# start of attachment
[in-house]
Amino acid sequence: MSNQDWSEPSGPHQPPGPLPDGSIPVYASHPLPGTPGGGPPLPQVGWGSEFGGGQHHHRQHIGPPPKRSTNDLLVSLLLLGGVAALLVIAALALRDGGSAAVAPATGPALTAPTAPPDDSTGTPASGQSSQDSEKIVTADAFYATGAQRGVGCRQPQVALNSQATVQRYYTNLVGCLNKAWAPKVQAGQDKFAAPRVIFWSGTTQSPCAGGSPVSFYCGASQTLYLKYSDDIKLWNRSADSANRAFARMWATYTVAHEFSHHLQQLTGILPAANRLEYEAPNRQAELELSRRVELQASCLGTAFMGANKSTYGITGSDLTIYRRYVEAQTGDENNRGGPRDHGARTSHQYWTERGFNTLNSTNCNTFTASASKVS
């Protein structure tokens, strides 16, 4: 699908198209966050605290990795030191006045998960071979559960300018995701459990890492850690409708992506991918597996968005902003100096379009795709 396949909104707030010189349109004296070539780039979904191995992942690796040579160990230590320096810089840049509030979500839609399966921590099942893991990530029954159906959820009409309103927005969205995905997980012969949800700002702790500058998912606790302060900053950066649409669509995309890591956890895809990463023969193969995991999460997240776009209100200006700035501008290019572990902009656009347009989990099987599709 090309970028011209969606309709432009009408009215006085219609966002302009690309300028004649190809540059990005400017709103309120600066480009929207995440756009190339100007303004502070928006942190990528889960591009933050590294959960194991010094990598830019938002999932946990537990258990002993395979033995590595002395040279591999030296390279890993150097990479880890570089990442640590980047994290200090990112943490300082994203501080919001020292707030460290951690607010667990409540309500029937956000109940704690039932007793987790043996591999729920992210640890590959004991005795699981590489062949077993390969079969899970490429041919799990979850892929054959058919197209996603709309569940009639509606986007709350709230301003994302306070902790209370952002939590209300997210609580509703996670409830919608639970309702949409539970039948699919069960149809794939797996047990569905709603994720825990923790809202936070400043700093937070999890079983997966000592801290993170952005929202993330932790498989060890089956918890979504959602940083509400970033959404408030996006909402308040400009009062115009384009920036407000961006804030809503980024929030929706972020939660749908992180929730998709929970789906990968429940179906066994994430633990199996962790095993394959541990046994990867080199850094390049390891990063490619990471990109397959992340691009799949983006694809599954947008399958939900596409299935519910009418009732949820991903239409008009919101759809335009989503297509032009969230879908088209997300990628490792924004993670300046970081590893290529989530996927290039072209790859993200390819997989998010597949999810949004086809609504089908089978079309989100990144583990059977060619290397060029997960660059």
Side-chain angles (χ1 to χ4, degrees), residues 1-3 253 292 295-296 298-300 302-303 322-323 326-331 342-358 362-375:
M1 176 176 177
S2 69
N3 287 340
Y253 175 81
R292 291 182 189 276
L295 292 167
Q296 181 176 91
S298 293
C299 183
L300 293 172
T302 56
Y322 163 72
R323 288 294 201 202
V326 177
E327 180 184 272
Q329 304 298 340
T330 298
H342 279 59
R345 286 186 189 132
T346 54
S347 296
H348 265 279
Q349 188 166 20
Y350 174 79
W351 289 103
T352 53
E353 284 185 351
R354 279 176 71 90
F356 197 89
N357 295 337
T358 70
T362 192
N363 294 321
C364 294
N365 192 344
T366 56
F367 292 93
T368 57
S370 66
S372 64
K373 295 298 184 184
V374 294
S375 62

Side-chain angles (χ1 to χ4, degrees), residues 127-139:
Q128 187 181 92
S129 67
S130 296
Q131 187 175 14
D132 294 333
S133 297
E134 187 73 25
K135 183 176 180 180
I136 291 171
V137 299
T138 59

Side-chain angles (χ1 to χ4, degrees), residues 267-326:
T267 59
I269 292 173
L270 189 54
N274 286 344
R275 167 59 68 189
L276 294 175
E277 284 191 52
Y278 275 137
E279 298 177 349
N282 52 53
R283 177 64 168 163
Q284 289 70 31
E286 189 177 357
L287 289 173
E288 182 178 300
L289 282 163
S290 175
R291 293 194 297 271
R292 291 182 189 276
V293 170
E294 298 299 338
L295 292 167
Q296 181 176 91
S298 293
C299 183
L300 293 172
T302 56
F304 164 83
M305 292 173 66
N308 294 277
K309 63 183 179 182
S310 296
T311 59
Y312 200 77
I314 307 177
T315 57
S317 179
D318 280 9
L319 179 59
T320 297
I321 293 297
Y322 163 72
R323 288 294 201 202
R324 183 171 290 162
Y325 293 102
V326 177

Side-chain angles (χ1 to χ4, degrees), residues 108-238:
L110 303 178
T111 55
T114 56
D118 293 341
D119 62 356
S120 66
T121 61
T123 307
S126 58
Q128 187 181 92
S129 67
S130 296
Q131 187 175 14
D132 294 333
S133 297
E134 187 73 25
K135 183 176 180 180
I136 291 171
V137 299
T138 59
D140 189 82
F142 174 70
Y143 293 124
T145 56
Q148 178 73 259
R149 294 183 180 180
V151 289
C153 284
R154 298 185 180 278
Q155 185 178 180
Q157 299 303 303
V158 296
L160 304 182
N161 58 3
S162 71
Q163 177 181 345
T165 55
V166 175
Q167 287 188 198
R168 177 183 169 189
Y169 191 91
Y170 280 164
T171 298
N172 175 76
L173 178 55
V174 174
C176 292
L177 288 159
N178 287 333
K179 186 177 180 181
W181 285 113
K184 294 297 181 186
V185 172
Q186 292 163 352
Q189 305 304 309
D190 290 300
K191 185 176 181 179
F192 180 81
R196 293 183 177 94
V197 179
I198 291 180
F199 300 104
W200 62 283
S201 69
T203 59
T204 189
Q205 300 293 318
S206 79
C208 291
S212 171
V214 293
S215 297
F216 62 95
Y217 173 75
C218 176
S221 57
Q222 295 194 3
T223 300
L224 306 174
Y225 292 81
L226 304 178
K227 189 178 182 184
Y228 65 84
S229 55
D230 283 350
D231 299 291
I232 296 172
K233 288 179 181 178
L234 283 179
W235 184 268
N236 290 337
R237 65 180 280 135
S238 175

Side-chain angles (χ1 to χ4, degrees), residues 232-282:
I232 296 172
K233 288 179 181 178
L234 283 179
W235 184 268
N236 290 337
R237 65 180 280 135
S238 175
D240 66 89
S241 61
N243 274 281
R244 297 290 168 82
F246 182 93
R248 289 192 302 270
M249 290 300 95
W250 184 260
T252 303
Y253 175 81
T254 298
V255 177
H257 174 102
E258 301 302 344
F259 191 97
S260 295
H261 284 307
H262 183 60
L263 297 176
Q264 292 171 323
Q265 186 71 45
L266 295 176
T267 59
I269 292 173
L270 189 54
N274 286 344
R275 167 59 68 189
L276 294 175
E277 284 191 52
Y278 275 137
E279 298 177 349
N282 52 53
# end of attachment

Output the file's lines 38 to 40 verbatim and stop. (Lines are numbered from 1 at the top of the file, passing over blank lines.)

C364 294
N365 192 344
T366 56